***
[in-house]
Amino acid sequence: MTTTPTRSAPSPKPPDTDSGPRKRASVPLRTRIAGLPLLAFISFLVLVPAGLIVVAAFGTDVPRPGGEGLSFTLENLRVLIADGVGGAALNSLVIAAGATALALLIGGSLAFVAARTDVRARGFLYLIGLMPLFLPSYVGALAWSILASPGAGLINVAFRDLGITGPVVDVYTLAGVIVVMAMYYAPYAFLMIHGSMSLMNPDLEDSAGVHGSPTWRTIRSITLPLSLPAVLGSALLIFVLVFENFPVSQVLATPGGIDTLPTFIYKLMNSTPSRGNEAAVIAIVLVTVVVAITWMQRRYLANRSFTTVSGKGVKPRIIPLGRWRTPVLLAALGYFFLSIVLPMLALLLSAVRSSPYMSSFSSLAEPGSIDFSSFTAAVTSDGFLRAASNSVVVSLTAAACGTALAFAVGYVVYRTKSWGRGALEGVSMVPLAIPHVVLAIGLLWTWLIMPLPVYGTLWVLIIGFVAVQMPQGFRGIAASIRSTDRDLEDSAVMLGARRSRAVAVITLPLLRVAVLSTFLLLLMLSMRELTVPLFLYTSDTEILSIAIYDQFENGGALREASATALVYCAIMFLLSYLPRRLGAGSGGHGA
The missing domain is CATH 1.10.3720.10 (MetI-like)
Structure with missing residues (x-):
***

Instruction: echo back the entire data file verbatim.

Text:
[in-house]
Amino acid sequence: MTTTPTRSAPSPKPPDTDSGPRKRASVPLRTRIAGLPLLAFISFLVLVPAGLIVVAAFGTDVPRPGGEGLSFTLENLRVLIADGVGGAALNSLVIAAGATALALLIGGSLAFVAARTDVRARGFLYLIGLMPLFLPSYVGALAWSILASPGAGLINVAFRDLGITGPVVDVYTLAGVIVVMAMYYAPYAFLMIHGSMSLMNPDLEDSAGVHGSPTWRTIRSITLPLSLPAVLGSALLIFVLVFENFPVSQVLATPGGIDTLPTFIYKLMNSTPSRGNEAAVIAIVLVTVVVAITWMQRRYLANRSFTTVSGKGVKPRIIPLGRWRTPVLLAALGYFFLSIVLPMLALLLSAVRSSPYMSSFSSLAEPGSIDFSSFTAAVTSDGFLRAASNSVVVSLTAAACGTALAFAVGYVVYRTKSWGRGALEGVSMVPLAIPHVVLAIGLLWTWLIMPLPVYGTLWVLIIGFVAVQMPQGFRGIAASIRSTDRDLEDSAVMLGARRSRAVAVITLPLLRVAVLSTFLLLLMLSMRELTVPLFLYTSDTEILSIAIYDQFENGGALREASATALVYCAIMFLLSYLPRRLGAGSGGHGA
The missing domain is CATH 1.10.3720.10 (MetI-like)
Structure with missing residues (x-):